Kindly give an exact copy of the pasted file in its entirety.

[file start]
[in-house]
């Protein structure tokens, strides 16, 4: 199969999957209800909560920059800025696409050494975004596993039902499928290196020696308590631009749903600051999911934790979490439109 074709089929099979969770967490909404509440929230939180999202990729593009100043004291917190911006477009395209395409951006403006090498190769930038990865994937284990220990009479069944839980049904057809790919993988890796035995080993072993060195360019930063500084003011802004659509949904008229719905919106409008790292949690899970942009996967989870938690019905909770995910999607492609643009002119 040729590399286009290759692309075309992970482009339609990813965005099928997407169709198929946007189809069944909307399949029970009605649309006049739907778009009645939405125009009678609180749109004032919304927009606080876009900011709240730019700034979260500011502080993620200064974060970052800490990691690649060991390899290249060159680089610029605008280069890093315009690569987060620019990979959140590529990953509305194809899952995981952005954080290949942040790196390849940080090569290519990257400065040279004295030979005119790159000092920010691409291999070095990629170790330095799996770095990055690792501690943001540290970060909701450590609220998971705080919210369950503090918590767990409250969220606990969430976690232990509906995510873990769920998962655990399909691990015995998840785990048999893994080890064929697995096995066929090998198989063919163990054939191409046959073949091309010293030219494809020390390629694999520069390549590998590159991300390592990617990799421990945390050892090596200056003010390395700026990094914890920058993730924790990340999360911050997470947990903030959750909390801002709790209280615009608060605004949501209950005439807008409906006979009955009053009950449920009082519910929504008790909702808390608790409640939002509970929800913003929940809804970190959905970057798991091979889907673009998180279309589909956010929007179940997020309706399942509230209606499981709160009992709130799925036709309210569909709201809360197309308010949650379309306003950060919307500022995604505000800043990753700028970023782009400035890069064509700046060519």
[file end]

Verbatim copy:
[in-house]
């Protein structure tokens, strides 16, 4: 199969999957209800909560920059800025696409050494975004596993039902499928290196020696308590631009749903600051999911934790979490439109 074709089929099979969770967490909404509440929230939180999202990729593009100043004291917190911006477009395209395409951006403006090498190769930038990865994937284990220990009479069944839980049904057809790919993988890796035995080993072993060195360019930063500084003011802004659509949904008229719905919106409008790292949690899970942009996967989870938690019905909770995910999607492609643009002119 040729590399286009290759692309075309992970482009339609990813965005099928997407169709198929946007189809069944909307399949029970009605649309006049739907778009009645939405125009009678609180749109004032919304927009606080876009900011709240730019700034979260500011502080993620200064974060970052800490990691690649060991390899290249060159680089610029605008280069890093315009690569987060620019990979959140590529990953509305194809899952995981952005954080290949942040790196390849940080090569290519990257400065040279004295030979005119790159000092920010691409291999070095990629170790330095799996770095990055690792501690943001540290970060909701450590609220998971705080919210369950503090918590767990409250969220606990969430976690232990509906995510873990769920998962655990399909691990015995998840785990048999893994080890064929697995096995066929090998198989063919163990054939191409046959073949091309010293030219494809020390390629694999520069390549590998590159991300390592990617990799421990945390050892090596200056003010390395700026990094914890920058993730924790990340999360911050997470947990903030959750909390801002709790209280615009608060605004949501209950005439807008409906006979009955009053009950449920009082519910929504008790909702808390608790409640939002509970929800913003929940809804970190959905970057798991091979889907673009998180279309589909956010929007179940997020309706399942509230209606499981709160009992709130799925036709309210569909709201809360197309308010949650379309306003950060919307500022995604505000800043990753700028970023782009400035890069064509700046060519």